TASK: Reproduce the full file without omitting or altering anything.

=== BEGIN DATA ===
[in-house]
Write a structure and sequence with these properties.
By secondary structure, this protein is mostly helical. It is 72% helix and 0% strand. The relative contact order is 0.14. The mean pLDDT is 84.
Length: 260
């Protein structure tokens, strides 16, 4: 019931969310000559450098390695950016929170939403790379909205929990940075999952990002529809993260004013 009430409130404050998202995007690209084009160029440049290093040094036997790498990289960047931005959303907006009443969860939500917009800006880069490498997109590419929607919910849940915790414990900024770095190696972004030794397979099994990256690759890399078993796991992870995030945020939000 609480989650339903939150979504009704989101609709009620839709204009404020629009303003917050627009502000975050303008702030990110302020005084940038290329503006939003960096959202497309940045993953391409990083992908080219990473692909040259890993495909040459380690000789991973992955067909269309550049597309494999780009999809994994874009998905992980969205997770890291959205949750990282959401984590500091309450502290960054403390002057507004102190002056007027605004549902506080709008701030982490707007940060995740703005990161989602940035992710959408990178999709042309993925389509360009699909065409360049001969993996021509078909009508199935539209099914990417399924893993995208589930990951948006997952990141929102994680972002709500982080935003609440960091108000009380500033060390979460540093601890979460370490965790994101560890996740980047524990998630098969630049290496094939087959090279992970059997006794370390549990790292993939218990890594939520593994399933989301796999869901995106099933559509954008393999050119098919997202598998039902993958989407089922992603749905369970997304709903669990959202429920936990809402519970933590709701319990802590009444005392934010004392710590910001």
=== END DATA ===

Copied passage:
[in-house]
Write a structure and sequence with these properties.
By secondary structure, this protein is mostly helical. It is 72% helix and 0% strand. The relative contact order is 0.14. The mean pLDDT is 84.
Length: 260
């Protein structure tokens, strides 16, 4: 019931969310000559450098390695950016929170939403790379909205929990940075999952990002529809993260004013 009430409130404050998202995007690209084009160029440049290093040094036997790498990289960047931005959303907006009443969860939500917009800006880069490498997109590419929607919910849940915790414990900024770095190696972004030794397979099994990256690759890399078993796991992870995030945020939000 609480989650339903939150979504009704989101609709009620839709204009404020629009303003917050627009502000975050303008702030990110302020005084940038290329503006939003960096959202497309940045993953391409990083992908080219990473692909040259890993495909040459380690000789991973992955067909269309550049597309494999780009999809994994874009998905992980969205997770890291959205949750990282959401984590500091309450502290960054403390002057507004102190002056007027605004549902506080709008701030982490707007940060995740703005990161989602940035992710959408990178999709042309993925389509360009699909065409360049001969993996021509078909009508199935539209099914990417399924893993995208589930990951948006997952990141929102994680972002709500982080935003609440960091108000009380500033060390979460540093601890979460370490965790994101560890996740980047524990998630098969630049290496094939087959090279992970059997006794370390549990790292993939218990890594939520593994399933989301796999869901995106099933559509954008393999050119098919997202598998039902993958989407089922992603749905369970997304709903669990959202429920936990809402519970933590709701319990802590009444005392934010004392710590910001």